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Research Papers, Notes and FIA Bulletins

Typical indicators of rangeland health are used to describe health and functionality of a variety of rangeland ecosystems. Similar indicators may be applied to forested locations to examine ecological health at a local forest level. Four rangeland health indicators were adapted and applied to data compiled by the U.S.
This report presents a summary of the most recent inventory of Colorado’s forests based on field data collected between 2004 and 2013. The report includes descriptive highlights and tables of area, numbers of trees, biomass, carbon, volume, growth, mortality, and removals. Most sections and tables are organized by forest type or forest-type group, species group, diameter class, or owner group.
Residents in the wildland-urban interface can play an important role in reducing wildfires’ negative effects by performing wildfire risk mitigation on their properties. This report offers insight into the wildfire risk mitigation activities and related considerations such as attitudes, experiences, and concern about wildfire, for residents of the Telluride Fire Protection District of San Miguel County, Colorado.
This report presents a summary of the most recent inventory of New Mexico’s forests based on field data collected between 2008 and 2014. The results presented here summarize a complete cycle of New Mexico’s forest inventory, or 10 years’ worth of data collection, whereas the previous report was based only on 9 years’ worth of data collected under an accelerated implementation schedule between 2008 and 2012.
The mountain pine beetle, Dendroctonus ponderosae Hopkins, is a significant agent of tree mortality in lodgepole pine (Pinus contorta Dougl. ex Loud.) forests throughout western North America. A large outbreak of mountain pine beetle caused extensive tree mortality in north-central Colorado beginning in the late 1990s.
Whitebark pine plays a prominent role in high elevation ecosystems of the northern Rocky Mountains. It is an important food source for many birds and mammals as well as an essential component of watershed stabilization. Whitebark pine is vanishing from the landscape due to three main factors: white pine blister rust, mountain pine beetle outbreaks, and successional replacement by more shade-tolerant species.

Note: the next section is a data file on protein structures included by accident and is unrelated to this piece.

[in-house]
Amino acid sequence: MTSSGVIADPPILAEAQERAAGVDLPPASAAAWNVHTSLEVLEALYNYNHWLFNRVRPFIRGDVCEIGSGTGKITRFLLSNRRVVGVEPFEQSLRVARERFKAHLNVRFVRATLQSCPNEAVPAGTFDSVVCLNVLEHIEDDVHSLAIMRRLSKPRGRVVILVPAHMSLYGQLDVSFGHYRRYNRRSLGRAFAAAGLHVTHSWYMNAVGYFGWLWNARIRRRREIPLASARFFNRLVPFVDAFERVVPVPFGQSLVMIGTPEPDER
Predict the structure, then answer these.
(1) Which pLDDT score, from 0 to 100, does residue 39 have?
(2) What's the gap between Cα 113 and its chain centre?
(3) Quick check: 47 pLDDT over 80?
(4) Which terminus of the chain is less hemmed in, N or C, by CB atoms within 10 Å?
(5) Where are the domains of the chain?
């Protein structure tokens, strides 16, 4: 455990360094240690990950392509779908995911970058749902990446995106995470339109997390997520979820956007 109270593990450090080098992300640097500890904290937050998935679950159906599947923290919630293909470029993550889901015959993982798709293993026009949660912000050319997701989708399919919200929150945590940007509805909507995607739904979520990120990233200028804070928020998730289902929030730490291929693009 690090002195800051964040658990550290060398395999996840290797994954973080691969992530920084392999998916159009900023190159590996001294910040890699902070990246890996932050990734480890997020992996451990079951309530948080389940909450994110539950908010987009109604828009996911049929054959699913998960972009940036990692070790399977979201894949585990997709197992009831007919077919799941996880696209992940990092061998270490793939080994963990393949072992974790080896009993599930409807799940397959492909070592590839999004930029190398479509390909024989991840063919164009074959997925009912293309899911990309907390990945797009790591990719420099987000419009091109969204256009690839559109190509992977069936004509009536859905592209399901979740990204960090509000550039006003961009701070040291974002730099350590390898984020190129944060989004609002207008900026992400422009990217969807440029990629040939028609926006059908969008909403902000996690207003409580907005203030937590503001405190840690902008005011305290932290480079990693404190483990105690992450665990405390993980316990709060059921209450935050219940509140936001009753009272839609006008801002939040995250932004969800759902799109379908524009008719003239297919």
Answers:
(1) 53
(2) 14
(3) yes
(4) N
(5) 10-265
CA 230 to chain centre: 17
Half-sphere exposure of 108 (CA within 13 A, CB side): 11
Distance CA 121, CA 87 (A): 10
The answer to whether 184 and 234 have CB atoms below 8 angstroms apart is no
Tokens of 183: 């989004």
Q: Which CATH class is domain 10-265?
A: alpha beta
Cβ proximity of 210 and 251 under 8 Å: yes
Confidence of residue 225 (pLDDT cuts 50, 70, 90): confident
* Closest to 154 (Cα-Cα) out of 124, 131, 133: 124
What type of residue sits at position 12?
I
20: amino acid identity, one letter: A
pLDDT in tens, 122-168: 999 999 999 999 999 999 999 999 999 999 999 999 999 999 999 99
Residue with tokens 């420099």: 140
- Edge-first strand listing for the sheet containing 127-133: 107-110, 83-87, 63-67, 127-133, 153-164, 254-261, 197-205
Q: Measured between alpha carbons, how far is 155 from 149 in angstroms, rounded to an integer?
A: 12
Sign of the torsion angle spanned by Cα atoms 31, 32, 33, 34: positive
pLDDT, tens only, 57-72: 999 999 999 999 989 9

A study by Keane and Gray (2013) compared three sampling techniques for estimating surface fine woody fuels. Known amounts of fine woody fuel were distributed on a parking lot, and researchers estimated the loadings using different sampling techniques. An important result was that precise estimates of biomass required intensive sampling for both the planar intercept and fixed-area plot methods.
This report presents a summary of the most recent inventory information for Nevada’s forest lands. The report includes descriptive highlights and tables of area, number of trees, biomass, volume, growth, mortality, and removals. Most of the tables are organized by forest-type group, species group, diameter class, or ownership. The report also describes inventory design, inventory terminology, and data reliability.
The response of 28 shrub species to wildfire burn severity was assessed for 8 wildfires on 6 national forests in the northern Rocky Mountains, USA. Stratified random sampling was used to choose 224 stands based on burn severity, habitat type series, slope steepness, stand height, and stand density, which resulted in 896 plots measured at approximately 2-year intervals from 1 to 11 years after the fire.
This report traces the flow of timber harvested in the "Four Corners" States (Arizona, Colorado, New Mexico, and Utah) during calendar year 2012, describes the composition and operations of the region’s primary forest products industry, and quantifies volumes and uses of wood fiber. Recent changes in the wood products industry are discussed, as well as trends in timber harvest, production, and sales of primary wood products.

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